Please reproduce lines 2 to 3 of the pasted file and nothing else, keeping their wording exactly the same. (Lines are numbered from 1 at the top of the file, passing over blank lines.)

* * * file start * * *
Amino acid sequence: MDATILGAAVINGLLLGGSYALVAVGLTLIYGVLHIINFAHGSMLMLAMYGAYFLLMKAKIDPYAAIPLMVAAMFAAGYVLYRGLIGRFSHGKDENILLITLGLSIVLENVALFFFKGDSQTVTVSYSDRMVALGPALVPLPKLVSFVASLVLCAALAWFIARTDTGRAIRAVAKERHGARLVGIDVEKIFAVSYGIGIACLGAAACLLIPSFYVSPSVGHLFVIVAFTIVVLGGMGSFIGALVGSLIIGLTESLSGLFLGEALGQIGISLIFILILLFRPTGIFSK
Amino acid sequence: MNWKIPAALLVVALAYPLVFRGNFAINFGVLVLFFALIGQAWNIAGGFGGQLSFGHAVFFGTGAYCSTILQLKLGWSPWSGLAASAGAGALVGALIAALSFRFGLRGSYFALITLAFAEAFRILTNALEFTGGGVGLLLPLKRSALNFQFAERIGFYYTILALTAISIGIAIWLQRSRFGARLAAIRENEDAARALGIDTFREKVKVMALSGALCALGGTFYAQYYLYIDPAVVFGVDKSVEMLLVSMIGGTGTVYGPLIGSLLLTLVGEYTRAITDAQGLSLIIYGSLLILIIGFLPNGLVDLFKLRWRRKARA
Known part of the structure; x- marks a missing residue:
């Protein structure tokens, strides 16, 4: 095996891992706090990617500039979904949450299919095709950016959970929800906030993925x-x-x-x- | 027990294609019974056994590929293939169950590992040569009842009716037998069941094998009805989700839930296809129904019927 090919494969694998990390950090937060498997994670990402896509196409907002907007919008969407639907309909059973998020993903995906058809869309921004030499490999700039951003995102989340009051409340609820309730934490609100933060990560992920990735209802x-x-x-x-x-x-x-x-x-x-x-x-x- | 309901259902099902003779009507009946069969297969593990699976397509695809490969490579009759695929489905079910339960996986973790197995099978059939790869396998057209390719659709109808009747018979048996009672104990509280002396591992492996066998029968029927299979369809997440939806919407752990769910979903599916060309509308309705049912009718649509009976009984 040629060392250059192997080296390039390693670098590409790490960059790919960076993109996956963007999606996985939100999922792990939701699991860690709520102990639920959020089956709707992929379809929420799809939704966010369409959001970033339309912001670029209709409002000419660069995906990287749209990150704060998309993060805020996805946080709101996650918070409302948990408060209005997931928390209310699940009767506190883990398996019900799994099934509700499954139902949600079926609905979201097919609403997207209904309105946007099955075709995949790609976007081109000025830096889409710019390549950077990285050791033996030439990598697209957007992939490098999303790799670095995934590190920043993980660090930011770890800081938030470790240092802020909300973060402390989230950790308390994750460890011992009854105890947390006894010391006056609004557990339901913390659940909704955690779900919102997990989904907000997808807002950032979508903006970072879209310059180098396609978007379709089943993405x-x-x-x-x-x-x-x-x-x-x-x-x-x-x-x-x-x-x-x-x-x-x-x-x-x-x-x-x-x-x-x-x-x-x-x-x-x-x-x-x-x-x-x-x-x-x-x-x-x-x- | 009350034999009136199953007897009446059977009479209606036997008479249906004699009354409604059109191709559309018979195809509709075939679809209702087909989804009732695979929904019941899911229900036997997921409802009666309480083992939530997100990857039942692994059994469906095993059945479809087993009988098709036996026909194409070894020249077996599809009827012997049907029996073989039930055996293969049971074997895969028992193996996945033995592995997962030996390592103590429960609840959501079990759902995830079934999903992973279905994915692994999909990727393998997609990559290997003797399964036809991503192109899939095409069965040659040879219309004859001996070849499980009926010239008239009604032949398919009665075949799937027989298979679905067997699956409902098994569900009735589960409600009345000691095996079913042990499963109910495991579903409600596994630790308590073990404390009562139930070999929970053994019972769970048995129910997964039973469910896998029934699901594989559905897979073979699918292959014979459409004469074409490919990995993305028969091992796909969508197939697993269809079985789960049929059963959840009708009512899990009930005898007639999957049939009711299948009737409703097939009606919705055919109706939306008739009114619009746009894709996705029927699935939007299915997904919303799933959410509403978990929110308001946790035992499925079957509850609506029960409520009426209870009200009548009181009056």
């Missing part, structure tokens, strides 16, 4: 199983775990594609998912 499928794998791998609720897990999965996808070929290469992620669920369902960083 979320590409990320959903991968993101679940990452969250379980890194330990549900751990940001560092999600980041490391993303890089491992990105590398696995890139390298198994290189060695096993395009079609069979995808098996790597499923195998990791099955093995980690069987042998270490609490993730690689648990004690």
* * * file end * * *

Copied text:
Amino acid sequence: MNWKIPAALLVVALAYPLVFRGNFAINFGVLVLFFALIGQAWNIAGGFGGQLSFGHAVFFGTGAYCSTILQLKLGWSPWSGLAASAGAGALVGALIAALSFRFGLRGSYFALITLAFAEAFRILTNALEFTGGGVGLLLPLKRSALNFQFAERIGFYYTILALTAISIGIAIWLQRSRFGARLAAIRENEDAARALGIDTFREKVKVMALSGALCALGGTFYAQYYLYIDPAVVFGVDKSVEMLLVSMIGGTGTVYGPLIGSLLLTLVGEYTRAITDAQGLSLIIYGSLLILIIGFLPNGLVDLFKLRWRRKARA
Known part of the structure; x- marks a missing residue: